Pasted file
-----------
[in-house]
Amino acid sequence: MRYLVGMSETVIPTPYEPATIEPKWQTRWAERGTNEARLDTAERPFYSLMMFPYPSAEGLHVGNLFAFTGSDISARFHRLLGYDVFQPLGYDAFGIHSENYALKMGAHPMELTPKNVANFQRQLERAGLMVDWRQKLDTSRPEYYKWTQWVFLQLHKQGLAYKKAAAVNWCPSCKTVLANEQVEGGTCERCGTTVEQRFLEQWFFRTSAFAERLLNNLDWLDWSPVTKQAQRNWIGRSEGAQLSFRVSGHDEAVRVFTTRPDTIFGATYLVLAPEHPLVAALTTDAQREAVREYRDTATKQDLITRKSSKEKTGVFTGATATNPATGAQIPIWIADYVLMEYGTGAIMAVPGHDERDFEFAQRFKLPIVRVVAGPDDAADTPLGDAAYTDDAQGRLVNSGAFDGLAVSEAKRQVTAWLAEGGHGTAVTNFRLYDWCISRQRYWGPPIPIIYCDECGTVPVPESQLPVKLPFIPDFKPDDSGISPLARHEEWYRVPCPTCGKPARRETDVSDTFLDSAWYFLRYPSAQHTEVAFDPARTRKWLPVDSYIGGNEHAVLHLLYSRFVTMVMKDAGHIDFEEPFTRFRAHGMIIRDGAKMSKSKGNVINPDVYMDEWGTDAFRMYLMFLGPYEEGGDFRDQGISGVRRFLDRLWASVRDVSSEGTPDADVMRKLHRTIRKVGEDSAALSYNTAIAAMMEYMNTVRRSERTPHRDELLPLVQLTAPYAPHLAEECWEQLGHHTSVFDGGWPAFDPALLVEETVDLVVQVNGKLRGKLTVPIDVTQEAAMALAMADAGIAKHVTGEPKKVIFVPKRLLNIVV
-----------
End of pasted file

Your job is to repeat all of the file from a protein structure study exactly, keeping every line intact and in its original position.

[in-house]
Amino acid sequence: MRYLVGMSETVIPTPYEPATIEPKWQTRWAERGTNEARLDTAERPFYSLMMFPYPSAEGLHVGNLFAFTGSDISARFHRLLGYDVFQPLGYDAFGIHSENYALKMGAHPMELTPKNVANFQRQLERAGLMVDWRQKLDTSRPEYYKWTQWVFLQLHKQGLAYKKAAAVNWCPSCKTVLANEQVEGGTCERCGTTVEQRFLEQWFFRTSAFAERLLNNLDWLDWSPVTKQAQRNWIGRSEGAQLSFRVSGHDEAVRVFTTRPDTIFGATYLVLAPEHPLVAALTTDAQREAVREYRDTATKQDLITRKSSKEKTGVFTGATATNPATGAQIPIWIADYVLMEYGTGAIMAVPGHDERDFEFAQRFKLPIVRVVAGPDDAADTPLGDAAYTDDAQGRLVNSGAFDGLAVSEAKRQVTAWLAEGGHGTAVTNFRLYDWCISRQRYWGPPIPIIYCDECGTVPVPESQLPVKLPFIPDFKPDDSGISPLARHEEWYRVPCPTCGKPARRETDVSDTFLDSAWYFLRYPSAQHTEVAFDPARTRKWLPVDSYIGGNEHAVLHLLYSRFVTMVMKDAGHIDFEEPFTRFRAHGMIIRDGAKMSKSKGNVINPDVYMDEWGTDAFRMYLMFLGPYEEGGDFRDQGISGVRRFLDRLWASVRDVSSEGTPDADVMRKLHRTIRKVGEDSAALSYNTAIAAMMEYMNTVRRSERTPHRDELLPLVQLTAPYAPHLAEECWEQLGHHTSVFDGGWPAFDPALLVEETVDLVVQVNGKLRGKLTVPIDVTQEAAMALAMADAGIAKHVTGEPKKVIFVPKRLLNIVV